Tales of the American Gestapo: "Hotwatch" Edition
Yet more shit to be outraged about:
Federal law enforcement routinely tracks individuals through their credit cards, cell phones, car rentals and even store customer loyalty programs without obtaining a warrant, an online privacy activist has discovered.
According to a document (PDF) obtained from the Department of Justice by online privacy activist Christopher Soghoian, federal agents working on a criminal investigation can draw up their own paperwork requesting that credit companies and retailers give the agents real-time access to purchases made by a particular person.
No court reviews these orders, and the only role courts play in the process is to issue a non-disclosure order to the retailer or credit card company involved, meaning the person being tracked will never be notified of the surveillance.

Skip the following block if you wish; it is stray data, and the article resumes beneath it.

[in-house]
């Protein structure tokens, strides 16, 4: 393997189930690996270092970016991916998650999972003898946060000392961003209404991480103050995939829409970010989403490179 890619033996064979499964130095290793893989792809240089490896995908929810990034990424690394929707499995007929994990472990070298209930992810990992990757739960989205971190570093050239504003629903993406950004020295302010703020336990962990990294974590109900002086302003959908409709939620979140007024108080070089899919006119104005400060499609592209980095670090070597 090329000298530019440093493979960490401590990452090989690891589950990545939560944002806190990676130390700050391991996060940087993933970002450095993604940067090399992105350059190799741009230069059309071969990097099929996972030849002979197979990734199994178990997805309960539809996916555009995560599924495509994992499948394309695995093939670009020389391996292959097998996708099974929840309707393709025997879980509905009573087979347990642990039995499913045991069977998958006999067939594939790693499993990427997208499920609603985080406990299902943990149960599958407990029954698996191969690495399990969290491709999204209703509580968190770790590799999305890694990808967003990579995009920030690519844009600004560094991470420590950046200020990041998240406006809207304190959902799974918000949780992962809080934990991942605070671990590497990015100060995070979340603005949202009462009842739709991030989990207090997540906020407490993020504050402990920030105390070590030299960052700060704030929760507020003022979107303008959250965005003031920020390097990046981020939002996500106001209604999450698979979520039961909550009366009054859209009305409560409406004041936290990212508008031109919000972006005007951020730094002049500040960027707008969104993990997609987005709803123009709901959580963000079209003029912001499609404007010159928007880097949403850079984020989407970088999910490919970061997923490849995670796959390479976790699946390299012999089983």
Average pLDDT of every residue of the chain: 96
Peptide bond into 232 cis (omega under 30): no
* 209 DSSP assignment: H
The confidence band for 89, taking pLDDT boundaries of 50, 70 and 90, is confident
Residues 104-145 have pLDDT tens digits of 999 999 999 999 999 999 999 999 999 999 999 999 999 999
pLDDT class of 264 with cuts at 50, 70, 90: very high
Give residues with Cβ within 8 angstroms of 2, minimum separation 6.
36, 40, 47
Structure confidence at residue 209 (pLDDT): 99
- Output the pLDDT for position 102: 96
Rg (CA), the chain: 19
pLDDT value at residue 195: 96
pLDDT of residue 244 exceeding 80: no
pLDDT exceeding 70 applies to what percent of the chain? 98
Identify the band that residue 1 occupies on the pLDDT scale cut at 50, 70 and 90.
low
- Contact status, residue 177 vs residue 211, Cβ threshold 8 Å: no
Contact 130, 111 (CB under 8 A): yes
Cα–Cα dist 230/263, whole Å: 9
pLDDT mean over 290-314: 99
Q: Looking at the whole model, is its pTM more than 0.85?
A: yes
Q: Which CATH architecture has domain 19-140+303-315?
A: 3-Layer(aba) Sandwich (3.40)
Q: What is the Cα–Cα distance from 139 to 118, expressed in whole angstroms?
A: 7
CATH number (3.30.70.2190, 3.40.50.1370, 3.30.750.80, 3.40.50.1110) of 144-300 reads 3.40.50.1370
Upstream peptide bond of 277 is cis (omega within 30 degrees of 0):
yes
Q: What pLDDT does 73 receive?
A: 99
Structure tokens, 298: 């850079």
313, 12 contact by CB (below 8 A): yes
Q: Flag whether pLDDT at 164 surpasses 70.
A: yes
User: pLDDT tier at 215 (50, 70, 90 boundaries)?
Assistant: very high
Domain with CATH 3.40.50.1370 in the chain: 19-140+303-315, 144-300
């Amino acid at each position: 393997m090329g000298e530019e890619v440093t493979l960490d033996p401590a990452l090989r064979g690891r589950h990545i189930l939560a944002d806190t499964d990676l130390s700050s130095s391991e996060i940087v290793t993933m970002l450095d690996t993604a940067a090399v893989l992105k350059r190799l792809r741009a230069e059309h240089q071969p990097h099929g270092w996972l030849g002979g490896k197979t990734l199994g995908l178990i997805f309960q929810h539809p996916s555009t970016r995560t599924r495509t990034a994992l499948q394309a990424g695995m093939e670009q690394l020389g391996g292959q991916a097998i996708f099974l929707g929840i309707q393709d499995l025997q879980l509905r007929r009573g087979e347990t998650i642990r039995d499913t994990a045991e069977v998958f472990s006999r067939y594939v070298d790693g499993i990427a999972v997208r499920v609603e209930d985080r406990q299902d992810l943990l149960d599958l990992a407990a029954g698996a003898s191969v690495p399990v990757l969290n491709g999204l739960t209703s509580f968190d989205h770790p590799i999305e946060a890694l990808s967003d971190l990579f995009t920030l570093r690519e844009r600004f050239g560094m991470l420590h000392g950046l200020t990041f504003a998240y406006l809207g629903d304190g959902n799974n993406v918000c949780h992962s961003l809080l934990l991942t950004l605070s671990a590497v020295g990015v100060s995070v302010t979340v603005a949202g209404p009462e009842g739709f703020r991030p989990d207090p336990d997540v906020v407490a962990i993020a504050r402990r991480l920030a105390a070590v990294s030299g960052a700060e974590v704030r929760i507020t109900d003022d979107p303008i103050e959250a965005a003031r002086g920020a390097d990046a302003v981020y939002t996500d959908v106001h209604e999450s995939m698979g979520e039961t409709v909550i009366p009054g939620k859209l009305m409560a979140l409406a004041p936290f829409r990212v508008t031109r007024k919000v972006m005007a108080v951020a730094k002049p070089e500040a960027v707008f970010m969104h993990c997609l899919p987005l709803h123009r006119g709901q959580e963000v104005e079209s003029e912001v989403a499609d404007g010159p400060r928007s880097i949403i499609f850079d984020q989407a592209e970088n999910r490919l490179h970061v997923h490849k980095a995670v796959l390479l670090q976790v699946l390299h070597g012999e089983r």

The process is known as a "hotwatch," and it can be used to spy on cell phones, credit card use, purchases at stores when a customer loyalty card is used, car rentals, and flight ticket purchases. The process "sidestep[s] any Fourth Amendment protections," Soghoian writes.
Ryan Singel at Wired notes the document doesn't set out standards for when an agent can obtain a "hotwatch" order. "The Justice Department told Soghoian the document is the only one it could find relating to 'hotwatches' — which means there is either no policy or the department is withholding relevant documents."